Moreover, in those days Israel did not enjoy any kind of special favor with the American Defence Department. It was headed by Weinberger, who was never considered a great lover of Israel, and who had a secret pact with Admiral Bobby Ray Inman, the deputy head of the CIA. According to this pact, important intelligence was withheld from Israel - including intelligence vital to its national security - in spite of the 1983 Letter of Understanding between Israel and the United States that obliged the Americans to share. Pollard discovered this situation and decided not to remain silent. The secret intelligence embargo imposed upon the state that he so loved, drove him to do what he did. He exposed Weinberger and Inman, and they threw him into prison for the rest of his life - a sentence totally disproportionate to the offence he had committed.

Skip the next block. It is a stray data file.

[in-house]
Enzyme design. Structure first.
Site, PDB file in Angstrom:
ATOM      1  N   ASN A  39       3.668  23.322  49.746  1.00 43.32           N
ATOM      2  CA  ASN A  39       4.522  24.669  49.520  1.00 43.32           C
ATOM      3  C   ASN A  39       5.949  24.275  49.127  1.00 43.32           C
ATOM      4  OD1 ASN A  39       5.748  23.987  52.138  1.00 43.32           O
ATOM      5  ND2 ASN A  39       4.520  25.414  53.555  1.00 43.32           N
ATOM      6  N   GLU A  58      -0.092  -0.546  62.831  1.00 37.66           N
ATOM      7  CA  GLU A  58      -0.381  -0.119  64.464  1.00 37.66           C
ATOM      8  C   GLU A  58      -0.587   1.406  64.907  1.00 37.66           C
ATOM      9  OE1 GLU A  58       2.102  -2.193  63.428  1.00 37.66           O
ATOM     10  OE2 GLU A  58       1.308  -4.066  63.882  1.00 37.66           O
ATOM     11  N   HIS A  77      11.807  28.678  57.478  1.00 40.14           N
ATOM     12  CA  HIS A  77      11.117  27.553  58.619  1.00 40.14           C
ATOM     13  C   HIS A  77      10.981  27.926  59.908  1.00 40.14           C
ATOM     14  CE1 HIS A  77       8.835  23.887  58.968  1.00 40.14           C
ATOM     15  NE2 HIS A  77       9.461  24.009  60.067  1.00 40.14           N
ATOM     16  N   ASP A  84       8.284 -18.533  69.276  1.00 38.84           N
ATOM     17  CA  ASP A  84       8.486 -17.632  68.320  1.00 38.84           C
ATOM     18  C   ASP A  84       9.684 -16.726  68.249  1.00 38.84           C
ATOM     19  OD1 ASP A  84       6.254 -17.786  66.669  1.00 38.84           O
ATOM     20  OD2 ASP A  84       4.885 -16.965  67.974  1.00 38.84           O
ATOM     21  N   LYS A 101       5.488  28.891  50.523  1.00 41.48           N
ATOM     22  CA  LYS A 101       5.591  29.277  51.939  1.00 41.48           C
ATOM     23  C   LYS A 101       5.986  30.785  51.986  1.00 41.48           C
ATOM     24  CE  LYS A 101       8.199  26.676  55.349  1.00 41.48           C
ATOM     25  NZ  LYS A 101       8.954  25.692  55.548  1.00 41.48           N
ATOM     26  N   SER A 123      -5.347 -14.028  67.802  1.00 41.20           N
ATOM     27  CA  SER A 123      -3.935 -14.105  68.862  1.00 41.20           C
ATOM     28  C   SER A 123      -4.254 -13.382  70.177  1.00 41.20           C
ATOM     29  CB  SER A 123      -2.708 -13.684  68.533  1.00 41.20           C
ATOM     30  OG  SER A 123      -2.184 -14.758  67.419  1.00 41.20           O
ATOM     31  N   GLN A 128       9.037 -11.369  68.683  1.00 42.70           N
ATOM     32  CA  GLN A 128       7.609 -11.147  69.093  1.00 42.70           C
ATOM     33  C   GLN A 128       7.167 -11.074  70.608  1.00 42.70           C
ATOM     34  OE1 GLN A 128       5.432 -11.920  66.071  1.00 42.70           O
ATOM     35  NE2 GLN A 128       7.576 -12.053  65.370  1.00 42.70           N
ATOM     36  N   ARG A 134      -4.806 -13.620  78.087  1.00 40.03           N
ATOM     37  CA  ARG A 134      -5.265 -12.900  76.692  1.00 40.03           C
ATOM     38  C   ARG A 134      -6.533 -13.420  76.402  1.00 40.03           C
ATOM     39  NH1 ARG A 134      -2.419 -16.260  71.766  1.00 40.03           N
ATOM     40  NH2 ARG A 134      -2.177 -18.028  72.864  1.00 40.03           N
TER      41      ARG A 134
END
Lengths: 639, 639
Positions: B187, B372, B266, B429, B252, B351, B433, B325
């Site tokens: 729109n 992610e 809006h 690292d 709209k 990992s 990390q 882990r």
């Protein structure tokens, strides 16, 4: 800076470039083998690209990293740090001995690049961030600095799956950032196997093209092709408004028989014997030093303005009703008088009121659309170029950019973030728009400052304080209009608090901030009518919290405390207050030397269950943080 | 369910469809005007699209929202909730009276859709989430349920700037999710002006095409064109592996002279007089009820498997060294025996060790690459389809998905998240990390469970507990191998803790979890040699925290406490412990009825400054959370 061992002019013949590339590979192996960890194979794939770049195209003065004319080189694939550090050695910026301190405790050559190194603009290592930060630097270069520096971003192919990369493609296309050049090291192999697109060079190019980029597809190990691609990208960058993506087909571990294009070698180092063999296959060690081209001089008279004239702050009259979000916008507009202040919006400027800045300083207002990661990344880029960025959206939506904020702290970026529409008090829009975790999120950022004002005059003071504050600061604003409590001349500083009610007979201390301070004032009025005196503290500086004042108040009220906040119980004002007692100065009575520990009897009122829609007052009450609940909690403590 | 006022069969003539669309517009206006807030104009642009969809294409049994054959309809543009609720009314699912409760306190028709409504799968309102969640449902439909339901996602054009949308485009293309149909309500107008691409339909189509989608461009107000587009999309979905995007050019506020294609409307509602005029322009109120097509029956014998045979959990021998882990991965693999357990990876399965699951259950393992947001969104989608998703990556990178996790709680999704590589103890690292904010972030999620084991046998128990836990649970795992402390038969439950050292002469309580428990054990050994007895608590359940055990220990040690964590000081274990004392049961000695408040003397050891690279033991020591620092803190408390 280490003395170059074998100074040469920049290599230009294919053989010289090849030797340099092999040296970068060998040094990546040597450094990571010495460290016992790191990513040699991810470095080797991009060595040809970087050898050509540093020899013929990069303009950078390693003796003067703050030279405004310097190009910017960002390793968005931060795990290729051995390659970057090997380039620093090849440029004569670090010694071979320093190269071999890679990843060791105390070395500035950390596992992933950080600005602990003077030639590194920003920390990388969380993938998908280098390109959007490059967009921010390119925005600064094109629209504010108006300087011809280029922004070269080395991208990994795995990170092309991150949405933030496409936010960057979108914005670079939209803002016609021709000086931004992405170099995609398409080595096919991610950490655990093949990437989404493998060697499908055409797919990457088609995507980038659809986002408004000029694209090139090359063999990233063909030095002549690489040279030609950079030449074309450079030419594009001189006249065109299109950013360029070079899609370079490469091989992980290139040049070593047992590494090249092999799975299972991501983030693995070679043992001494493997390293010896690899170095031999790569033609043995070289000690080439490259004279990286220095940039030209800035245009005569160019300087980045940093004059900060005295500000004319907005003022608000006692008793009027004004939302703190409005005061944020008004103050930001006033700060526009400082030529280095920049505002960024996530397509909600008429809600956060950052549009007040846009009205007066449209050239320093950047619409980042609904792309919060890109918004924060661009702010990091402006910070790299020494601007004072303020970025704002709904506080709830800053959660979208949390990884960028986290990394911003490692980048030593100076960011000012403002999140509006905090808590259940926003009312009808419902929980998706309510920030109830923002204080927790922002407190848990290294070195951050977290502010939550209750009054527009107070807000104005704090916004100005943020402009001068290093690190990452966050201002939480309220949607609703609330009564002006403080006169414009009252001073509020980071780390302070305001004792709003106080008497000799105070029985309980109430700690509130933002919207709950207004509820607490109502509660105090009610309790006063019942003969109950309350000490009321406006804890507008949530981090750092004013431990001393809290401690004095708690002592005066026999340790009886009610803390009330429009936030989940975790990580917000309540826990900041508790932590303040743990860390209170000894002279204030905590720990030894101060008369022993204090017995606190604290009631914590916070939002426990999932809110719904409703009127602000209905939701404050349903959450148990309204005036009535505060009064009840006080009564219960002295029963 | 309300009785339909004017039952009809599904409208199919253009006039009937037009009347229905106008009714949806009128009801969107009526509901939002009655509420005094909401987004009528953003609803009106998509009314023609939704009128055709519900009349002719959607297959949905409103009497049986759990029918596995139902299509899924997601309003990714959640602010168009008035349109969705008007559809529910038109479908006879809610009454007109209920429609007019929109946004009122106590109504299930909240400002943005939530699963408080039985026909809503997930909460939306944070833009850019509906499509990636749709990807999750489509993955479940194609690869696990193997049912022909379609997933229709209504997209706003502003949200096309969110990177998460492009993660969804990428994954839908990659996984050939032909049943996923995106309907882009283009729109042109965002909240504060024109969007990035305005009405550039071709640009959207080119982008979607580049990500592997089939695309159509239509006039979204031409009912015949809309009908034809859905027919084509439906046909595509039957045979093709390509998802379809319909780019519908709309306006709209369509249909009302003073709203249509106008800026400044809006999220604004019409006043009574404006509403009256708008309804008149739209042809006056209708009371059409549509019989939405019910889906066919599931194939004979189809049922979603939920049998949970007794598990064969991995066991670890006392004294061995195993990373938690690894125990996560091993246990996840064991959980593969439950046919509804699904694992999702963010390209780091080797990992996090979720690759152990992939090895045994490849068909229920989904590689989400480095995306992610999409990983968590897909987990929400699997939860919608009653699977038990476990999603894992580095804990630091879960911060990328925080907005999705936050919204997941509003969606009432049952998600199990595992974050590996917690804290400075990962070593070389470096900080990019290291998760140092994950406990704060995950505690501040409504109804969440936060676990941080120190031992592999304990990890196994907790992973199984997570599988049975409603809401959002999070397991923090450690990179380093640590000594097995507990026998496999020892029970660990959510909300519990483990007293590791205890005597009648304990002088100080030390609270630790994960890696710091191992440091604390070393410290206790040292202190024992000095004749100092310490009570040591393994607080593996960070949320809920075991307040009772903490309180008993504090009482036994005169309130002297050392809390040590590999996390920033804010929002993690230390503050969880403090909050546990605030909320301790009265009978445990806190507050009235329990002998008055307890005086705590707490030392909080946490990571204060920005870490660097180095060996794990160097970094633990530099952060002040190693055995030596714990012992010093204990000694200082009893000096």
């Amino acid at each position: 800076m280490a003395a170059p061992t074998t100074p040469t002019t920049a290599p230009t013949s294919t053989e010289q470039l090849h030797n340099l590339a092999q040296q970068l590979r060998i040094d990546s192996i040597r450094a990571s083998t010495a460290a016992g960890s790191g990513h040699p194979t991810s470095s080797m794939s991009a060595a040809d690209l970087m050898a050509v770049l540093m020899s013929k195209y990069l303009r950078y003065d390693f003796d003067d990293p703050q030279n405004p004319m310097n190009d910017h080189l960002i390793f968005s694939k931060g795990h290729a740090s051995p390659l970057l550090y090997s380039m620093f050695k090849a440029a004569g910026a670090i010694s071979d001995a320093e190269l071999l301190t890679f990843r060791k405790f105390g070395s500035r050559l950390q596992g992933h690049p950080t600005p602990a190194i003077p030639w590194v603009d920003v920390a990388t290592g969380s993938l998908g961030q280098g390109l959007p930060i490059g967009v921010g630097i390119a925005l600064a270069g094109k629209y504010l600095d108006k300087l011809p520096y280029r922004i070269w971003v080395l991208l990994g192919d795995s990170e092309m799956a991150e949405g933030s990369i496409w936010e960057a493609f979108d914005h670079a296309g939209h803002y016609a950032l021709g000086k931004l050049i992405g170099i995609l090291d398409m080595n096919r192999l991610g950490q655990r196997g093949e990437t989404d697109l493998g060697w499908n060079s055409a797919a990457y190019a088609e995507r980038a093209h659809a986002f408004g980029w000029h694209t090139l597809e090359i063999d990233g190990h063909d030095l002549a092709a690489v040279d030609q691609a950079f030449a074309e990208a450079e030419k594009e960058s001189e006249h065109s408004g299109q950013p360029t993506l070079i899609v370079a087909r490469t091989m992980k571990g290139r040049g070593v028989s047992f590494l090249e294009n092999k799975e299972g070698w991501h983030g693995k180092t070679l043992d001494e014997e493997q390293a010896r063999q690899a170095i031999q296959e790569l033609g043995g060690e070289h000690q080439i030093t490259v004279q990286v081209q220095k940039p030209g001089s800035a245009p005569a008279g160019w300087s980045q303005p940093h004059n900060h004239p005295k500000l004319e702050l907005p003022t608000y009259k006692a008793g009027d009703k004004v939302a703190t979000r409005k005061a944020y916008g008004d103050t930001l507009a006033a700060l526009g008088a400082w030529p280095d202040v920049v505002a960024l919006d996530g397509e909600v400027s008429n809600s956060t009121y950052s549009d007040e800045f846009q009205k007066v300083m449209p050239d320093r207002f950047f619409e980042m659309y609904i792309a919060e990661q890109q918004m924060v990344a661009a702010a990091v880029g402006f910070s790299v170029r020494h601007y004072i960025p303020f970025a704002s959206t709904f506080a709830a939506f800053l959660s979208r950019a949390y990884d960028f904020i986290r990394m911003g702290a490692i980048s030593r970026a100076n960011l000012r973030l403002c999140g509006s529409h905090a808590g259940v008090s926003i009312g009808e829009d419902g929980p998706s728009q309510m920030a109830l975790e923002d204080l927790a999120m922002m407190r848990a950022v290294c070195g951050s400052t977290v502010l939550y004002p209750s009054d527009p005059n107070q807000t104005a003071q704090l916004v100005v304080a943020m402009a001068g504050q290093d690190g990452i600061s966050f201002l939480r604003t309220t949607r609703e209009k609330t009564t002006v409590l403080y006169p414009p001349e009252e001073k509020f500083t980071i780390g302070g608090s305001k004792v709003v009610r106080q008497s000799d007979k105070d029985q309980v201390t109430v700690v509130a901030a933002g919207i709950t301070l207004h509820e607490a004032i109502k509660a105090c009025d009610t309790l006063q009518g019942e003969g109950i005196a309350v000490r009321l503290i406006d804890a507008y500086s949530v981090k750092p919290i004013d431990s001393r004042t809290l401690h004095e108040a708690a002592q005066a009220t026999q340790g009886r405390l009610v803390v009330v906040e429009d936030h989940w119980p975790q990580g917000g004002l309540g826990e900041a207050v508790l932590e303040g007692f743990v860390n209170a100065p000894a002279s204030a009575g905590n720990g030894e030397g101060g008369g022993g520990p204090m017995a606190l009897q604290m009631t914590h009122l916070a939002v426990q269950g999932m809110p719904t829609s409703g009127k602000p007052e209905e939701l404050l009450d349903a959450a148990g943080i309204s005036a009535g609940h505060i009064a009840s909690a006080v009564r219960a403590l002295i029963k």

Jonathan Pollard is now approaching the moment of truth. This is the time to unify all forces and to go forward in unison. In order to do so, Pollard's supporters must put aside their anger, their quarrels and their differences of opinion and start anew. This is said with particular reference to members of Pollard's family, his parents and especially his sister, Carol.
His parents and sister have, for a long time, been waging a stubborn and relentless war against his wife, Esther. They were not happy with the match right from the start, but they don't seem to recognize the fact that she is Jonathan's choice, and they must show respect for her. Yesterday, his sister, Carole Pollard, responded to Jonathan's having received citizenship in a negative and disparaging way. She did not know how to be gracious, like her father, Dr. Morris Pollard (who had also strongly opposed this initiative), who said "My son's happiness is my happiness."
Now is the time that Pollard's family must transcend their personal feelings. If they continue to sabotage Jonathan's initiatives, to oppose his wishes and to pull him in opposite directions, they are likely to wait for their loved one for a long time to come.
See Also: The Admiral Bobby Ray Inman Page